I read with interest earlier on today the news of the Social Mobility Commission’s report into access to higher education.
As I’ve said here before, improving social mobility is vitally important to fairness in our society and ensuring that wealth is both created and distributed more evenly. In other words, it’s not “Stronger Economy, Fairer Society” which we as Liberals ought to be shouting about, rather, we should be arguing that the creation of a fairer society is the best way to a stronger economy. Only then does our unwavering support for the reform of our democratic and economic institutions start to make sense. I happen to think that this is the only way we can build a narrative which will differentiate us from all other parties come the next election, but I’m not expecting a call from Lord Ashdown any time soon!
Back to the report. One of its headlines is that admissions to the Russell Group universities from state schools, as a proportion of overall enrolments, is down slightly since 2002/3. However, there are an additional 1,464 attending from such schools as total enrolments have gone up by 2,900 during the same period. It’s this statistic which is used to justify the claim that the Russell Group universities are becoming “less socially diverse”.
However, the proportion of students in private education has increased dramatically since 2002/3 – as an examination of the Independent Schools Council 2013 census (pdf) demonstrates.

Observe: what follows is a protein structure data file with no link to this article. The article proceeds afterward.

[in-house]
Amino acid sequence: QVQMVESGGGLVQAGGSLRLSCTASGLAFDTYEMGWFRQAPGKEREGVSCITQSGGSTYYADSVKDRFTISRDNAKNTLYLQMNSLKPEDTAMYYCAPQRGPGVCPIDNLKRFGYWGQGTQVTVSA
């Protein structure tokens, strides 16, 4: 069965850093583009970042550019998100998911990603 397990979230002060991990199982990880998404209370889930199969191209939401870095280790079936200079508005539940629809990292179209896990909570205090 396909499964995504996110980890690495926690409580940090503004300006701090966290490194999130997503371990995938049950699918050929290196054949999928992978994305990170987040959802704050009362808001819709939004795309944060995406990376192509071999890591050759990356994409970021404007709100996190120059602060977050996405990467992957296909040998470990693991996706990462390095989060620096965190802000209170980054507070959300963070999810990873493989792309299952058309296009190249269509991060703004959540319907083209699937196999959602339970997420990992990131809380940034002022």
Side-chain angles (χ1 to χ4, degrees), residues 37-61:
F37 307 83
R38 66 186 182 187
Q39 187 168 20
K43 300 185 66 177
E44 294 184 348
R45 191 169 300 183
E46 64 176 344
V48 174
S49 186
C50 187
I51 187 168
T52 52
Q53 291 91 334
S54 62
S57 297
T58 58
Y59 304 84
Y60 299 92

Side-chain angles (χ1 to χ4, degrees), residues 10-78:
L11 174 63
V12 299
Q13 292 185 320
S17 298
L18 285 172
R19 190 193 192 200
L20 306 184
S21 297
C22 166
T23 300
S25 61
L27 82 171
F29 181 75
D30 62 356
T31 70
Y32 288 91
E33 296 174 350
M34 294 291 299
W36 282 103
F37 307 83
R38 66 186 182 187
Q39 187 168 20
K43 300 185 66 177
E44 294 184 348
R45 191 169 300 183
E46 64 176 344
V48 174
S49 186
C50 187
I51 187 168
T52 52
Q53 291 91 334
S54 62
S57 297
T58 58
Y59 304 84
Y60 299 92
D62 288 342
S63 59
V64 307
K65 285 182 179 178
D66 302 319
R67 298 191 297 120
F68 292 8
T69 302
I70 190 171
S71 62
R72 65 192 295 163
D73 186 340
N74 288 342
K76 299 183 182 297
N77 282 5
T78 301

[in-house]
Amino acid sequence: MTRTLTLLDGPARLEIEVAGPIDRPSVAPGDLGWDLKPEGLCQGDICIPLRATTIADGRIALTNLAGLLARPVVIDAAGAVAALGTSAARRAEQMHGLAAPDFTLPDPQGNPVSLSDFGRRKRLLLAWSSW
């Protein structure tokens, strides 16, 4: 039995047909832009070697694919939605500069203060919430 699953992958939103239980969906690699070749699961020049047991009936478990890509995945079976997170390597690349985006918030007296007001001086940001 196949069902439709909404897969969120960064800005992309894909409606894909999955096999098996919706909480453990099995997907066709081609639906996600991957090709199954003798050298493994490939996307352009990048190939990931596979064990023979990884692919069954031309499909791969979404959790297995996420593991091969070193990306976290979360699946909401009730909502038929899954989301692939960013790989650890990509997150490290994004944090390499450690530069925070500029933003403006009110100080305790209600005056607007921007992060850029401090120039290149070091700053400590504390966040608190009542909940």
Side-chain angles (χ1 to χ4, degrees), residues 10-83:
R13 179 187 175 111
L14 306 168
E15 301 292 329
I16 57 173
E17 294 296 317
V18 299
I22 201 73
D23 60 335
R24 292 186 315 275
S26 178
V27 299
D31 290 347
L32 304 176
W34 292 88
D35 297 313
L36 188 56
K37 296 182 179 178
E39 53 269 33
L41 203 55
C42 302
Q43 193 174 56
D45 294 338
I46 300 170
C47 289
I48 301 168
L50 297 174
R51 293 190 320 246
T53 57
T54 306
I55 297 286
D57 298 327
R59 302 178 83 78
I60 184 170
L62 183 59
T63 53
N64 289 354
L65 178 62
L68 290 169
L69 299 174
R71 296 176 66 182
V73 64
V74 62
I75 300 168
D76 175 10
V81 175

Against this background maybe the Russell Group universities aren’t doing quite so badly after all. I’d go so far as to say that when these changes are taken into account, the report’s claims start to look like the use of a dodgy statistic to justify the imperative of improving social mobility. Using dodgy statistics, however well-intentioned, really doesn’t help the cause of social mobility at all(*).
I don’t make a habit of agreeing with David Willetts, but his comment in response to the report that “getting a university education should be based on ability, not where you come from” is exactly what we should be aiming for. However, this does assume that equality of opportunity is provided to all students at school, regardless of the sector they were educated in.
At the moment, even with additional money going to less advantaged school students by way of the pupil premium, we’re a long way from such an ideal.
(*) The sharp-eyed amongst you will have noticed that the bar chart from the ISC is a little “dodgy” too, as it compares pupils in ISC schools across the whole of the UK against the general trend in pupils numbers in England.